“H&M: You Need to do Something About This”

By Jessica Everson

Okay H&M. My plans for today did not include posting my less-than-ideal body all over social media for everyone to see (and judge) but f**k it, I’m almost 31, married and have a happy life so there’s nothing to lose… writes South African writer, Jessica Everson.

h and m

But there are people out there who aren’t happy, especially with how they look. Truth: I’m not exactly ecstatic either – I’m on medication that causes weight gain (for life, added bonus, due to an autoimmune disease) and I’ve started exercising to try lose those extra kilos I know I need to – but I’ve accepted who I am, and try to dress according to my body shape… so I can still look in the mirror and have those “yaaaassss queen” moments.

I did not have one of those moments when I looked in your mirror.

The skirt I’m “wearing” was a size 38. A size I often wear without an issue. On good days, I’m even a size 36. But not at your store. Oh no. At your store, a size 38 made me feel like a beluga whale after attending an all you can eat fish buffet.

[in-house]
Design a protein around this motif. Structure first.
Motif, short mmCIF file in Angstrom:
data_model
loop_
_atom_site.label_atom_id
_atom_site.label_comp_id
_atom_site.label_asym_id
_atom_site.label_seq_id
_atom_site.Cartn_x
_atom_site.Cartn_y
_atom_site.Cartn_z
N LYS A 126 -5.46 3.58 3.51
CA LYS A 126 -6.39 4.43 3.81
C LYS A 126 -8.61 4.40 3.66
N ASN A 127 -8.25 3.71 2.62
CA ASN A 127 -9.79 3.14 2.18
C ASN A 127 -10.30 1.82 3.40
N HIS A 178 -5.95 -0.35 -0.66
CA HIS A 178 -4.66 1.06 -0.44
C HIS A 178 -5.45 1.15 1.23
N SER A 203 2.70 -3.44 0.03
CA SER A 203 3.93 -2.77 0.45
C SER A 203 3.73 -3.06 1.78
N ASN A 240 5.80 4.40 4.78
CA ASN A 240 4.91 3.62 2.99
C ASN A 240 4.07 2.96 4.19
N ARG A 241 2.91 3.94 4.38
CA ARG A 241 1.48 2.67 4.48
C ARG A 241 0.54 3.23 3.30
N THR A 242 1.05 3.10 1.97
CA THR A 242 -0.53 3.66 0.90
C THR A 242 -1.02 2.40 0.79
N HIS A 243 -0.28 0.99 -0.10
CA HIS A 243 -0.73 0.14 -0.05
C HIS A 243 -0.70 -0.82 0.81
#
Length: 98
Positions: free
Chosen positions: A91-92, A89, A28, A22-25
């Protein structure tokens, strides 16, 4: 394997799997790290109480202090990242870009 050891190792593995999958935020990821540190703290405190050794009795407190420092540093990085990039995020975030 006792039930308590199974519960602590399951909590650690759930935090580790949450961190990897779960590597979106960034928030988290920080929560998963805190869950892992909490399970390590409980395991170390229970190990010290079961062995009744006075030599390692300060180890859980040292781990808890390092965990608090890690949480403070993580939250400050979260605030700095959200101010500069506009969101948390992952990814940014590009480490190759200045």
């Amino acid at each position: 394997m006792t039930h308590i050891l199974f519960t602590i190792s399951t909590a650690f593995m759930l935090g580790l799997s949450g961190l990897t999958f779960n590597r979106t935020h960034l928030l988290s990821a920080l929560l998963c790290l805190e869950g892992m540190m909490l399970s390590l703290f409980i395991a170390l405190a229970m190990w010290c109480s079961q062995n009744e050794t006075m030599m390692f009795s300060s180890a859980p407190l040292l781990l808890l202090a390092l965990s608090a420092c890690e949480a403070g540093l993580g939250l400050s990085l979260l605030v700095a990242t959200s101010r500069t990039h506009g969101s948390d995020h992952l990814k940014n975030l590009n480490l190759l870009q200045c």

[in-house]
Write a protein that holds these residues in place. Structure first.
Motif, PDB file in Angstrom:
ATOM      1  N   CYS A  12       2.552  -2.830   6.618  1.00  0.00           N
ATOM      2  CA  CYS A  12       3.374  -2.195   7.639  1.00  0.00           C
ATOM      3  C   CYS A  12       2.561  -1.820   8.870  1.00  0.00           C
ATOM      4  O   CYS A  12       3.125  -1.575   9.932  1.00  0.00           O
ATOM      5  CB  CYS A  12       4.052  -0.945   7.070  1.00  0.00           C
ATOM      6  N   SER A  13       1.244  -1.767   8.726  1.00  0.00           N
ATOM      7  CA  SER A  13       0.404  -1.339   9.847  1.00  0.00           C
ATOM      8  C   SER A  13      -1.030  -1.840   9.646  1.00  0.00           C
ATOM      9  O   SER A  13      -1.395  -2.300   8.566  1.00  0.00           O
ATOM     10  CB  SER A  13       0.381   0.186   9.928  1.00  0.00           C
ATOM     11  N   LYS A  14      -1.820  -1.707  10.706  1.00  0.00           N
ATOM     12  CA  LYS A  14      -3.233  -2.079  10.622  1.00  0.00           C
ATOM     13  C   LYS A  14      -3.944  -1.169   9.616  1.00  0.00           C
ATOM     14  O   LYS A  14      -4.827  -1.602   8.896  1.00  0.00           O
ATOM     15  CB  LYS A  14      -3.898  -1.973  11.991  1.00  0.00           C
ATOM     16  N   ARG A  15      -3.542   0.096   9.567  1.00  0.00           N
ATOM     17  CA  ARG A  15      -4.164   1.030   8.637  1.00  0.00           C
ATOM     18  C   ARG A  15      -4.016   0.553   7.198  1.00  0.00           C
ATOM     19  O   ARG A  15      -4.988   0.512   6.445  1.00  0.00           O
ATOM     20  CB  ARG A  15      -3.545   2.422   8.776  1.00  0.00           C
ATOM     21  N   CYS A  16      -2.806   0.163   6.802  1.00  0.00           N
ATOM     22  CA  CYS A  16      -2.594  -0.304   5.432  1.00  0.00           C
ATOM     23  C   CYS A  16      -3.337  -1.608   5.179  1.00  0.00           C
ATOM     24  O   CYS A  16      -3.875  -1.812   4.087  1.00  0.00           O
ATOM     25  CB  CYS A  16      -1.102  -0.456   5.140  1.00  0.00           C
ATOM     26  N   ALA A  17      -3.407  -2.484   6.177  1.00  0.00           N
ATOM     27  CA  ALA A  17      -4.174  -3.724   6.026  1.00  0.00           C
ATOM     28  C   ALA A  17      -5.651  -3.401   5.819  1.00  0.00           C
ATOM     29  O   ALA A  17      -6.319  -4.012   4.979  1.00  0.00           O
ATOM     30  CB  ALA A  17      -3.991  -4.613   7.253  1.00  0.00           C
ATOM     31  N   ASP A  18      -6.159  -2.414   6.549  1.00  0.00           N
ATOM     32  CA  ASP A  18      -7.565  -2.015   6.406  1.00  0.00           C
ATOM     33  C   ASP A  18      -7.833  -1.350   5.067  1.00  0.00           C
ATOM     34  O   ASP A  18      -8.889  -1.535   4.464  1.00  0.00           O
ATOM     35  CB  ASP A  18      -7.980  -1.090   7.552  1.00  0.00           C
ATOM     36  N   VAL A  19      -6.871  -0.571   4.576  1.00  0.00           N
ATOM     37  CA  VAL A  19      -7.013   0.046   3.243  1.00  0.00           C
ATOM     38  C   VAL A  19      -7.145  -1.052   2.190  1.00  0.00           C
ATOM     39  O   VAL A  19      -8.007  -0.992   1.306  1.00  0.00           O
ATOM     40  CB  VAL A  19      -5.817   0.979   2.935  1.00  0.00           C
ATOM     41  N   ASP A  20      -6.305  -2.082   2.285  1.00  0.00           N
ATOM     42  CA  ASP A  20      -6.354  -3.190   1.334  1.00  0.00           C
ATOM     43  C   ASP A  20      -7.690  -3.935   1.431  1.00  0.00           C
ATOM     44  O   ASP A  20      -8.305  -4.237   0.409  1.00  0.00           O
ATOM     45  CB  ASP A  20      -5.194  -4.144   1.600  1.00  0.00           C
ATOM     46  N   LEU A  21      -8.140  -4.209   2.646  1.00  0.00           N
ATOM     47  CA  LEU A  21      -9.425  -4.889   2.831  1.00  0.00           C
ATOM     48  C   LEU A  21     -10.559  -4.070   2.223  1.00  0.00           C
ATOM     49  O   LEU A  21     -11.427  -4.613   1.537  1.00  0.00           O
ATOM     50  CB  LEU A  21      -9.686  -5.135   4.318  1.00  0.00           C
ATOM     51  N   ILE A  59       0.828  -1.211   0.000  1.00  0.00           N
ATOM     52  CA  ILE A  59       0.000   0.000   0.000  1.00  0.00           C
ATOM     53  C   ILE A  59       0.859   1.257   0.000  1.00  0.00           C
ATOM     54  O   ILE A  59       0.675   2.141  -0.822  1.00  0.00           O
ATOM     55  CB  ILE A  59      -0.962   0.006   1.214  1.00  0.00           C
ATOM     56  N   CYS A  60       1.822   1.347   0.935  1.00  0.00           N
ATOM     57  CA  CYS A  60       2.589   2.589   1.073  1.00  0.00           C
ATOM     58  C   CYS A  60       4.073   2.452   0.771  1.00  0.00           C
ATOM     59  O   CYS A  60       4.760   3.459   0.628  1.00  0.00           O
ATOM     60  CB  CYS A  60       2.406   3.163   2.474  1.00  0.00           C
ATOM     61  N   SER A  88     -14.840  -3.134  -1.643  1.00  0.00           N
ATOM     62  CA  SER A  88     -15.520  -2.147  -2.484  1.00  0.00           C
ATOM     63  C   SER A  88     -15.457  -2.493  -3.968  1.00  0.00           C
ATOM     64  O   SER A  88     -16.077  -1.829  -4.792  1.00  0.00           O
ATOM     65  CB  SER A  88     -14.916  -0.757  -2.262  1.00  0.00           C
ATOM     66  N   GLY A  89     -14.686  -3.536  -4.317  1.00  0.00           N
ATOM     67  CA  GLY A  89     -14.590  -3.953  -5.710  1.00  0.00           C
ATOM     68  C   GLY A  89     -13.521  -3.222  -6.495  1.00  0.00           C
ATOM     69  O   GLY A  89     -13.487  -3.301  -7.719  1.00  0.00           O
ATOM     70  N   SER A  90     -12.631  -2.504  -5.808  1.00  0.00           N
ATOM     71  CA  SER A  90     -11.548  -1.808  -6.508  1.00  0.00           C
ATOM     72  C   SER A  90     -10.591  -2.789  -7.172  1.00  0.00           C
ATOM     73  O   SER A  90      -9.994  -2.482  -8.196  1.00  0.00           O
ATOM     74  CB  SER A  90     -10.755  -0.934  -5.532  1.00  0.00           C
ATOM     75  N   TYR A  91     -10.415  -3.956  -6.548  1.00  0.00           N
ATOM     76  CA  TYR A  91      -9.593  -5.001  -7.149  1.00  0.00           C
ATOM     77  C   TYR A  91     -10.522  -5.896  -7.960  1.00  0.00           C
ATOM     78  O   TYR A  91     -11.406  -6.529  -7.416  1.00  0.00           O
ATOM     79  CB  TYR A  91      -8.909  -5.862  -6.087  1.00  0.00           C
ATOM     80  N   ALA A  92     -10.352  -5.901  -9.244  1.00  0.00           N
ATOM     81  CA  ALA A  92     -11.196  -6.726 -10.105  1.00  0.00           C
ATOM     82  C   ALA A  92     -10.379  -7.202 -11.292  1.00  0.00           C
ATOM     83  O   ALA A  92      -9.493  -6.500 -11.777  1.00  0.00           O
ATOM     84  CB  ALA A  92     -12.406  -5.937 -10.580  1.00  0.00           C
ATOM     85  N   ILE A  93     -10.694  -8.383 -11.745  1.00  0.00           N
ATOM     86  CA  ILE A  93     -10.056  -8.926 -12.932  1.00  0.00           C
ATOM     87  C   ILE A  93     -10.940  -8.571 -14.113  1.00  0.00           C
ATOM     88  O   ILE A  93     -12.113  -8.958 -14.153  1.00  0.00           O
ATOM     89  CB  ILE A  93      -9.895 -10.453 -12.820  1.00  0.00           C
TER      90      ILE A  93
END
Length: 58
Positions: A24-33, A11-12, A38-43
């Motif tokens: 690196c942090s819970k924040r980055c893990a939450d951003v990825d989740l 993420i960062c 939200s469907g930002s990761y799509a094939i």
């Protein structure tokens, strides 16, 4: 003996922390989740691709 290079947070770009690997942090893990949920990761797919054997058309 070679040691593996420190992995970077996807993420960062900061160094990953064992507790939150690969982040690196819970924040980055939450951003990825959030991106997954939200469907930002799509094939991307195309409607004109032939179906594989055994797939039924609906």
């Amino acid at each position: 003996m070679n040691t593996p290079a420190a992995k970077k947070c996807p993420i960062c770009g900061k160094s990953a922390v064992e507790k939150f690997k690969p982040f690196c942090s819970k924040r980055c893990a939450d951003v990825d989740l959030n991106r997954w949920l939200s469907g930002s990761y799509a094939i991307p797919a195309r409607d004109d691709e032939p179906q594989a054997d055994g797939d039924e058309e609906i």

My hips felt like one of those animals you see caught in a fence on animal rescue shows. My arse was attempting prison break, season 8. Realistically, I would have had to have tried on a size 42 to even get the zip closed.

Do you know how that makes a woman feel?

Imagine how a teenager, going through puberty and already being teased for not being super skinny would feel being forced to go two sizes up just to get the garment to fit?! Imagine how many self esteems have been shattered in your changing rooms and how many girls have left a “fun shopping spree” with nothing but shame and self-hate to show for it.

You need to do something about this, H&M.

You need to change your sizes to a more realistic standard and help girls feel awesome in your clothing – even if they have a bit of puppy fat or curves. Make shopping a fun treat again.

Not for me, because I’m too old to care, but for the young women who still believe that the number on a label is the difference between being accepted or shunned by society.

TL;DR [Too Long; Didn’t Read]: thanks for making me feel like Fatty McFatFat, H&M. Not cool.

Jessica Everson is a senior writer at FCB Africa in Johannesburg, and has nothing to promote other than self-love and acceptance. This post is published with her kind permission.